I’ve never been attached to stuff. 

Sometimes this has made me feel like a bad mother. 

I don’t have one single trophy from my competitive triathlon and bike racing days…nor one single t-shirt. 

I have only a few items from my kids’ childhoods and even fewer from my own. 

Holidays and birthdays can slip by with nary a mention. 

I’ve often wondered how I got this way. I was the fourth child of four…ten years behind the next. By the time I came along my brother and sisters had already blazed the trail…all the firsts had been claimed and so birthdays, holidays and such…were often celebrated in a kind of obligatory-passing-sort-of-way. 

My parents got divorced when I was fifteen. My dad got remarried and my mom and I tended to hang out…just the two of us…a lot. 

Anyone who knew my mom can understand why. She was one of the most amazing humans ever. She got sober in 1970 (I was ten years old), turned her life completely around and became one of the most loved and revered women in Charlotte…particularly in the recovery community. 

The reason I bring it up this morning…is…Helen and I are moving again. A couple of years ago we sold our little house, unloaded most of our stuff and moved into a small rental. A duplex actually. 

We’re doing it again…this time to a small little house, tucked gently into a racially and economically diverse neighborhood…one that better suits where we are in our lives.

This morning I’ve been pouring through the “things” I’ve accumulated since our last move only 2 years ago and it’s thrilling to realize that what I moved with then…is pretty much all I have now. 

I did, however, unearth a box of pictures that I had somehow kept hidden in the previous move. The photograph album, tucked there beneath, some old papers and GOTR items.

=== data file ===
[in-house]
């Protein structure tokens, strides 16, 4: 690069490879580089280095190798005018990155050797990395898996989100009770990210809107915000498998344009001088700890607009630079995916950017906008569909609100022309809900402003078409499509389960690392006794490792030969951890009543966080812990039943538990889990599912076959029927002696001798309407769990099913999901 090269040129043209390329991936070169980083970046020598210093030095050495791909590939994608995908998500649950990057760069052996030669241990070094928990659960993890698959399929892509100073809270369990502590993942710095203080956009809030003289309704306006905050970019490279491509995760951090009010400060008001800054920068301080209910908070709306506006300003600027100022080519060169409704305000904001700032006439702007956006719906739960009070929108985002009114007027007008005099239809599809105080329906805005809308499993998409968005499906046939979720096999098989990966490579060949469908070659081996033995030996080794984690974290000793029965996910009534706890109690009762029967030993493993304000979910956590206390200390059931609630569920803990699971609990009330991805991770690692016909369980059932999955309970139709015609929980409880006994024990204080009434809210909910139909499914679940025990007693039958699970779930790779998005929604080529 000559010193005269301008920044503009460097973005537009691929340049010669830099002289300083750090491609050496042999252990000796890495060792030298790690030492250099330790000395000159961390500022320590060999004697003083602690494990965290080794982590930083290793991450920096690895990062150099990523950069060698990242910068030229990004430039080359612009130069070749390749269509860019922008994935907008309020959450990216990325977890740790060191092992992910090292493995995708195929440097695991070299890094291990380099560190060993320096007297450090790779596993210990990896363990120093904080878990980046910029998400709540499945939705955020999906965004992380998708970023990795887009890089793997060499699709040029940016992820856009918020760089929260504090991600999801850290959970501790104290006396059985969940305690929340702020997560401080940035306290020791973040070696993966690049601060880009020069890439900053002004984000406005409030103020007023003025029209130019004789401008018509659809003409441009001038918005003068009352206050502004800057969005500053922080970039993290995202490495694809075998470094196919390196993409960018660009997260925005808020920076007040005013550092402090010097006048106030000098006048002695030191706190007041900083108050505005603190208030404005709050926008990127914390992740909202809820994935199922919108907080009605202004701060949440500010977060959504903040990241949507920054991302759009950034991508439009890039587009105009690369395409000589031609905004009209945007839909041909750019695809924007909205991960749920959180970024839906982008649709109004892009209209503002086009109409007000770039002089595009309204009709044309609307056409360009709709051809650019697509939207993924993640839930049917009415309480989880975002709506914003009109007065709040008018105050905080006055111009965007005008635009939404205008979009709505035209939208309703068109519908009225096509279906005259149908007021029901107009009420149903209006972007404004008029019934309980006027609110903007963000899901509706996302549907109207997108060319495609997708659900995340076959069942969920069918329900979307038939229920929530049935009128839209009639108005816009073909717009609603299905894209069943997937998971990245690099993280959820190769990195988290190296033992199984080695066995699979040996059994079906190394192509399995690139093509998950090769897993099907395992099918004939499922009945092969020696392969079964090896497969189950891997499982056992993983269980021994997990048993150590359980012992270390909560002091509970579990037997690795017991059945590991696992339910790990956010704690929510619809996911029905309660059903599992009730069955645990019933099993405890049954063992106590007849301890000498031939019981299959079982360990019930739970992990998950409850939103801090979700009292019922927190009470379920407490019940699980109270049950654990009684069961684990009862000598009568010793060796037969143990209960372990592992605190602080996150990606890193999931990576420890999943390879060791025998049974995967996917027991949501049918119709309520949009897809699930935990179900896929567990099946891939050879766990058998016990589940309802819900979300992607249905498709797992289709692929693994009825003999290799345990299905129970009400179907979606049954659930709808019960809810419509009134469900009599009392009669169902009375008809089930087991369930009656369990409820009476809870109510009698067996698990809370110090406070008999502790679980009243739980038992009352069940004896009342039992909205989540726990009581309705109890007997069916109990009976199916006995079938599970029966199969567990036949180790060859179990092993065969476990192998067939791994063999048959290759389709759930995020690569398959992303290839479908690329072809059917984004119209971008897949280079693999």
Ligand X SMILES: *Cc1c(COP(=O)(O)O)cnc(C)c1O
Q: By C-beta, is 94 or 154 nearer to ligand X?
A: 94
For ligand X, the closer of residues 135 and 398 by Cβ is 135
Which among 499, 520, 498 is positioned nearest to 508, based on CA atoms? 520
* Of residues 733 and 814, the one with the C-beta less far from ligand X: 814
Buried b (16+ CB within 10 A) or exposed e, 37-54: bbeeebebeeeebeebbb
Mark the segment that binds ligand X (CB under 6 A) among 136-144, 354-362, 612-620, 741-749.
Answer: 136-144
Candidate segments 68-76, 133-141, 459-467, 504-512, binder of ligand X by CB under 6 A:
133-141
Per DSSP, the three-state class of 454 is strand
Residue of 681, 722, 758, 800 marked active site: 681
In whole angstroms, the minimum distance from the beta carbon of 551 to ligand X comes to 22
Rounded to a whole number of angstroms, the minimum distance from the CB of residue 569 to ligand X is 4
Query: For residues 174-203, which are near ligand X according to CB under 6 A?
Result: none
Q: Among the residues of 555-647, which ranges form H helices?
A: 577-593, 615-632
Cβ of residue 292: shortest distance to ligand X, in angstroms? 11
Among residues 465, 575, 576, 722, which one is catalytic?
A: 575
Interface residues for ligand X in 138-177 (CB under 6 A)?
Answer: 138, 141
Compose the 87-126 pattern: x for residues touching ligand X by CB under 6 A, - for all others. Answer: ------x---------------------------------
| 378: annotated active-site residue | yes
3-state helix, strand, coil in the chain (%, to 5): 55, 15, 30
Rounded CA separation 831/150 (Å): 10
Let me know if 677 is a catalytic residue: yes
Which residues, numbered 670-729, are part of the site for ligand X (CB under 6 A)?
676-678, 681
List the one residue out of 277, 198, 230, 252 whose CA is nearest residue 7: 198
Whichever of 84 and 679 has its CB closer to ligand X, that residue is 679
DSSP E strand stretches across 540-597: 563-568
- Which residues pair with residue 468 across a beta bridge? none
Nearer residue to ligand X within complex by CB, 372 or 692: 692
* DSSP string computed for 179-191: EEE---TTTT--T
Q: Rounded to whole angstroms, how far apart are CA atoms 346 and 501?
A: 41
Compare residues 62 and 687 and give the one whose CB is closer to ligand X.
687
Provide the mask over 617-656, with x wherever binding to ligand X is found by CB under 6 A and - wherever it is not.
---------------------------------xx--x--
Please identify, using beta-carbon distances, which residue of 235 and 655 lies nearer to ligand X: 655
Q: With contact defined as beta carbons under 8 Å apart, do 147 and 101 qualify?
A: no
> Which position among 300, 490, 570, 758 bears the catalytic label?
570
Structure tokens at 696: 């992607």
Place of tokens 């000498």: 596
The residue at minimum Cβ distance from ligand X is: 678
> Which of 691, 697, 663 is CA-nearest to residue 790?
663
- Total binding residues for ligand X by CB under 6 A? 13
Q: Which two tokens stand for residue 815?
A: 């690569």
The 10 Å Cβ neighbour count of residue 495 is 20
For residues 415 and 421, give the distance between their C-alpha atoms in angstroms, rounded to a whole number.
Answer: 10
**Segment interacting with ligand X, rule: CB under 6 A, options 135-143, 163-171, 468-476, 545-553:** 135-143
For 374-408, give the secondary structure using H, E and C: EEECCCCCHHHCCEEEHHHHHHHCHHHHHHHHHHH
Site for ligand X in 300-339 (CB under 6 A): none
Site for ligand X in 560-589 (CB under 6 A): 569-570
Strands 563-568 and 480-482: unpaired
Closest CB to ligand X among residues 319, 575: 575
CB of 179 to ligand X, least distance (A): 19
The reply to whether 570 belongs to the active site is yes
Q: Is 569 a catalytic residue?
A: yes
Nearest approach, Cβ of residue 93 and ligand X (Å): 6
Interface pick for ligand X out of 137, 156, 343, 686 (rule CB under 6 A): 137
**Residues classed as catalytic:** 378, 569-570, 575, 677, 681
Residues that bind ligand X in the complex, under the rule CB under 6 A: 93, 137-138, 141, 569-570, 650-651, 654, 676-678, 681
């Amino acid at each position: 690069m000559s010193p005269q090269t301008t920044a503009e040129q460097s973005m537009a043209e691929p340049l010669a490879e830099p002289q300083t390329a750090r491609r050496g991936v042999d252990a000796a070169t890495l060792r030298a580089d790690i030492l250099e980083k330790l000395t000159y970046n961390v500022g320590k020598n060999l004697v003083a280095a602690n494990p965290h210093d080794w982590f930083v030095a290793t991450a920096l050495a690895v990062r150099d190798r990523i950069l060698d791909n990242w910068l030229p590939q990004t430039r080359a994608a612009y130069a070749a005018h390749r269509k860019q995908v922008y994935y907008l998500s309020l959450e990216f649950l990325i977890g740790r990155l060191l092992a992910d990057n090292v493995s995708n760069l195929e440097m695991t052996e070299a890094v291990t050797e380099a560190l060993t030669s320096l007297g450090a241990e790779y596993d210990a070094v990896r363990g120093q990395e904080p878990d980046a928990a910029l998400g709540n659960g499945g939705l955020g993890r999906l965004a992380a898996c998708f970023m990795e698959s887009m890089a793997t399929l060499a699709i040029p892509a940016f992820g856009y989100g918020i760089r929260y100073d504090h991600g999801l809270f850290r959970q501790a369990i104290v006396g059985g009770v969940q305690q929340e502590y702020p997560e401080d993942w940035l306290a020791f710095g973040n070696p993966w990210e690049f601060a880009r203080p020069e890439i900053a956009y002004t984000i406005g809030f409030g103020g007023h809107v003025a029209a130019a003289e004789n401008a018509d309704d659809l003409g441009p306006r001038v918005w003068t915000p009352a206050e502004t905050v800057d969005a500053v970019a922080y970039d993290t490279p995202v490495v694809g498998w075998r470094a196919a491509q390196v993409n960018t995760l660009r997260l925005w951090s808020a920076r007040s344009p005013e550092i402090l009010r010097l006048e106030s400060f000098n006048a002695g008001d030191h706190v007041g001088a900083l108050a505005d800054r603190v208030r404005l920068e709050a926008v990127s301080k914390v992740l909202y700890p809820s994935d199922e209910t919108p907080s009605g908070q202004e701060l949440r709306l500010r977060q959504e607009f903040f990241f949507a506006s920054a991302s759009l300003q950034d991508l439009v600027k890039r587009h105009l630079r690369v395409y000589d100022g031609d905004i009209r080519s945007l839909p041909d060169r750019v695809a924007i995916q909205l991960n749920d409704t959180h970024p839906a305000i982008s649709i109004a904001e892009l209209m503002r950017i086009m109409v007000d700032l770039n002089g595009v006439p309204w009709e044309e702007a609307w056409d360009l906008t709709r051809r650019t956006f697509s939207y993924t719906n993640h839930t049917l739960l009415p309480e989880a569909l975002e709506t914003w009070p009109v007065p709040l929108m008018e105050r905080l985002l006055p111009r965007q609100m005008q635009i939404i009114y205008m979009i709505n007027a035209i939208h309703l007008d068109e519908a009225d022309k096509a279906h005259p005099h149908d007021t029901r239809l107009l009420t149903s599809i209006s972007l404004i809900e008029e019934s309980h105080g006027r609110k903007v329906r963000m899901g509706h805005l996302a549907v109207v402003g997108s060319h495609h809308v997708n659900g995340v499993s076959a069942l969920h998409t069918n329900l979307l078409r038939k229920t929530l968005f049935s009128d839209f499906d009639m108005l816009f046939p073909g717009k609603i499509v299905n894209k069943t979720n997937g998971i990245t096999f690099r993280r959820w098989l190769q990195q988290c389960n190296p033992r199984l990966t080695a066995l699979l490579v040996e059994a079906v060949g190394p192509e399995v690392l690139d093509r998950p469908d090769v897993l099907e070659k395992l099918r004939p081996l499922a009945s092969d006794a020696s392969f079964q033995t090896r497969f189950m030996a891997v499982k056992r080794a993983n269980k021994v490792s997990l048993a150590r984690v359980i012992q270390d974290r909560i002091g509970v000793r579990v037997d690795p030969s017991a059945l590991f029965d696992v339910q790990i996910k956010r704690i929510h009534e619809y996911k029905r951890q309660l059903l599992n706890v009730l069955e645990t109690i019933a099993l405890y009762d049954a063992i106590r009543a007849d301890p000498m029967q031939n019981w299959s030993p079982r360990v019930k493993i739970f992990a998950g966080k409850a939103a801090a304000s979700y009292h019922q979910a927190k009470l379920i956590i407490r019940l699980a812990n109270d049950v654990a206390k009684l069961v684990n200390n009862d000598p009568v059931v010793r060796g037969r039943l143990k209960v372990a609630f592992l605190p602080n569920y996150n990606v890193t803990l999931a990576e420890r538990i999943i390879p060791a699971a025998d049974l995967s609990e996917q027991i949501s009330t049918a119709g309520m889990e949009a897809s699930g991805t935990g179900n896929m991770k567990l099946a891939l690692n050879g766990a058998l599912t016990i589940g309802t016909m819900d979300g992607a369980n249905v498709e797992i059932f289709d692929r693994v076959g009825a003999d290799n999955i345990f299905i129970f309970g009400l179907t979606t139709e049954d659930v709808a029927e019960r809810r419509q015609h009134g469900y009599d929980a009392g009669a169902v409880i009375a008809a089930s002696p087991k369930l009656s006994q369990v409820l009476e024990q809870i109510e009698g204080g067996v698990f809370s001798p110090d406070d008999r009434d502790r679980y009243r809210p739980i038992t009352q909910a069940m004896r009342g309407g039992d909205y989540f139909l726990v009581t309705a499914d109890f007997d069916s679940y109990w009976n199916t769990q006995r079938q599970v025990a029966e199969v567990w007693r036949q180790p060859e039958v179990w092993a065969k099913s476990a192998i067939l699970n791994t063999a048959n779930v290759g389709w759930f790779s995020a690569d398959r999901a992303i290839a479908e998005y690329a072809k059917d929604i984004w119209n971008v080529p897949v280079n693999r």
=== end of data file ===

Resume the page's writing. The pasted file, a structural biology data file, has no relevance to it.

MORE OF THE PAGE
I’ve been looking through those photographs for a good solid hour now…pausing to reflect on each of them. 

They are all posed…arms on shoulders, pretty smiles, pretty people, pretty things, tables set, landscapes with full moons and ocean waves lapping the shores of the beach in front of my uncle’s beach house. My brother with his kids, being silly, my dad with his new wife by the most beautiful Christmas tree and the ones of me and my mom visiting my sister in California. 

There is one photo, though, that keeps coming to mind. The one that wasn’t taken. The one I fondly recall now when my mom, brand-new-divorced and I went to Wendy’s for our Christmas Eve dinner. 

We had hamburgers, fries and cokes. She cried. And I told her it was okay…that this was what I loved about her. The quirky way she just unabashedly was who she was…she lived where she was. She didn’t pretend to be anybody other than who she was and how going to Wendy’s for our Christmas Eve dinner was completely perfect and imperfect and beautiful. 

We laughed after she was all done crying…and each promised to never forget our Christmas dinner at Wendy’s. 

I like to think about what Hank and Helen will write about us…when we are older.